Can you direct me to Madame Hays’ bawdy house?
The folks at Civil War Washington have put together a wonderful GIS tool for exploring CW-era Washington, D.C. You can see the data overlaid on a contemorary map of the District of Columbia, a modern map or satellite image. All sorts of data is included, such as identification of residences, wartime hospitals, theaters, churches, bawdy houses, forts, police stations, and so on. You can also use a “time slider” to change the date from 1859 to 1866 to see the profusion of small hospitals around the city as the war went on. From the description:
Civil War Washington has created a project geographical information system (GIS), which combines historical maps and historical information with modern technology. The dynamic map interface allows users to examine digitized period maps of the District, to move between current and historical views, and to select one or more feature layers (such as hospitals, theaters, and freedmen’s villages) and view information about these locations. The standard historical basemap used by Civil War Washington is Albert Boschke’s Topographical Map of the District of Columbia. According to the Library of Congress, Boschke was a German-born civil engineer who had completed a detailed map of Washington, DC for the year 1857, documenting the location of all buildings in the District. He and his team continued to survey the District leading up to the ultimate publication of this comprehensive topographical map in early 1861. The United States War Department seized the map (and the engraved copper plates from which it was published) shortly after publication, near the beginning of the Civil War. Along with Boschke’s historical map, the Civil War Washington GIS includes 17 point, line, and polygon layers representing locations of bawdy houses, canals, churches, forts, fort boundaries (outlining the geographical extent of the fort), freedmen’s villages, government buildings, hospitals, omnibus routes, police stations, police precincts, railroad lines, streams, street railways, theaters, voting wards, and residences of Walt Whitman. The placement of each point is approximate and has often been based on relative location information (such as intersections). Users should consider the approximate nature of the locations when drawing conclusions or basing interpretations on the Civil War Washington map.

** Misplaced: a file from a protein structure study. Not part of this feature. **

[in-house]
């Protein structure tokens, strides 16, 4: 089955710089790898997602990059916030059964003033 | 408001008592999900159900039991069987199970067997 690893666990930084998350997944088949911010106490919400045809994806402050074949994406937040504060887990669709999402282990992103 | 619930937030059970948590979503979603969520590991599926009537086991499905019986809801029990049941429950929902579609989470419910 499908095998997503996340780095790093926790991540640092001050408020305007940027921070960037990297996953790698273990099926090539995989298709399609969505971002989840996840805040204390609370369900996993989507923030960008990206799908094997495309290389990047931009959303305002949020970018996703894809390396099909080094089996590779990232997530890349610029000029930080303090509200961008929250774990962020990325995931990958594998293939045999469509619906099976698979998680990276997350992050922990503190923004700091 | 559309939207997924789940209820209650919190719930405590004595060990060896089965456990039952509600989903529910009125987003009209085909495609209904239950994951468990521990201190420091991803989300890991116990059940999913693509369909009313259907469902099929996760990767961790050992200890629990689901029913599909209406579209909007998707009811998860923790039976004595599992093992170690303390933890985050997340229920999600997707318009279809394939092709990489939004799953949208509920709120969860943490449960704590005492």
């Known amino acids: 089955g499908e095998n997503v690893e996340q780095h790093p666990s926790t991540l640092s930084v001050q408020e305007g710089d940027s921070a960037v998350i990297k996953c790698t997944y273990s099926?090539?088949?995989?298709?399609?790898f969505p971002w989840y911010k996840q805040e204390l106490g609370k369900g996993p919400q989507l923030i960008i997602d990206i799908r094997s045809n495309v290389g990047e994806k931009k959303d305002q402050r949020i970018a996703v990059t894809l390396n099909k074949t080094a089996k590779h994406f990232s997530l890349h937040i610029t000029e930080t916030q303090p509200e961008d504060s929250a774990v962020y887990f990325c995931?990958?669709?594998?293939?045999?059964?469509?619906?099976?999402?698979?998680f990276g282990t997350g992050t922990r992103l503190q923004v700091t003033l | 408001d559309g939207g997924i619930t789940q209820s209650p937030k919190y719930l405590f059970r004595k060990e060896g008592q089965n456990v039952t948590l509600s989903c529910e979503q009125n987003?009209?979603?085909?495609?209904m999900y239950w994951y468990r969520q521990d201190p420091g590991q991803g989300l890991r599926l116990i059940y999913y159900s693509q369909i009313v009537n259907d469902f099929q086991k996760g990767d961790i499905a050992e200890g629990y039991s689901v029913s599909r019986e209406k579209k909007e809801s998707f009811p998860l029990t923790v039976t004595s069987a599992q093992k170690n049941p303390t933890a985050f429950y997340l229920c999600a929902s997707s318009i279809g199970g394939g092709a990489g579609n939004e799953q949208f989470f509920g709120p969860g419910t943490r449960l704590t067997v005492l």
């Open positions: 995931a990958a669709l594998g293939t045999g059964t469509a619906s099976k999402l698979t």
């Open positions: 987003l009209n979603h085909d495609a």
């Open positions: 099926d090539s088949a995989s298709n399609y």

Thanks to CWT user kholland for bringing this site to my attention.
Oh, I almost forgot — Madame Hays’ is in the middle of the block on Twelfth, between E and F, Northwest.